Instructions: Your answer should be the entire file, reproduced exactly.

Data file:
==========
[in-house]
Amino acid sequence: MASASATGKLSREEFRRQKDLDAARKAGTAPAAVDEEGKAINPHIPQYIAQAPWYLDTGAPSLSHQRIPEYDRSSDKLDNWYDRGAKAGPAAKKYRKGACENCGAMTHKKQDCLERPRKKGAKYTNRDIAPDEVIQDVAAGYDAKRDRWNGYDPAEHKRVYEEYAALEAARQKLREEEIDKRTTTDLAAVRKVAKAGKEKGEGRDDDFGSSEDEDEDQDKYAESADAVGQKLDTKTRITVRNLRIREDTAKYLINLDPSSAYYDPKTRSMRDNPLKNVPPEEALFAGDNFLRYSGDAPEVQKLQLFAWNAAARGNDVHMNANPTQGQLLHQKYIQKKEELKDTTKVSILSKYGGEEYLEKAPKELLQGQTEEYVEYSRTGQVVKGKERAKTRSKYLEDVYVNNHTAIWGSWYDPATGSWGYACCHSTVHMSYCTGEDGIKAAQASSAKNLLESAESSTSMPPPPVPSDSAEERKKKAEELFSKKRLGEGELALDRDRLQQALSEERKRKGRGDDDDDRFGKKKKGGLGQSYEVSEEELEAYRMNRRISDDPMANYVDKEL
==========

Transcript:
[in-house]
Amino acid sequence: MASASATGKLSREEFRRQKDLDAARKAGTAPAAVDEEGKAINPHIPQYIAQAPWYLDTGAPSLSHQRIPEYDRSSDKLDNWYDRGAKAGPAAKKYRKGACENCGAMTHKKQDCLERPRKKGAKYTNRDIAPDEVIQDVAAGYDAKRDRWNGYDPAEHKRVYEEYAALEAARQKLREEEIDKRTTTDLAAVRKVAKAGKEKGEGRDDDFGSSEDEDEDQDKYAESADAVGQKLDTKTRITVRNLRIREDTAKYLINLDPSSAYYDPKTRSMRDNPLKNVPPEEALFAGDNFLRYSGDAPEVQKLQLFAWNAAARGNDVHMNANPTQGQLLHQKYIQKKEELKDTTKVSILSKYGGEEYLEKAPKELLQGQTEEYVEYSRTGQVVKGKERAKTRSKYLEDVYVNNHTAIWGSWYDPATGSWGYACCHSTVHMSYCTGEDGIKAAQASSAKNLLESAESSTSMPPPPVPSDSAEERKKKAEELFSKKRLGEGELALDRDRLQQALSEERKRKGRGDDDDDRFGKKKKGGLGQSYEVSEEELEAYRMNRRISDDPMANYVDKEL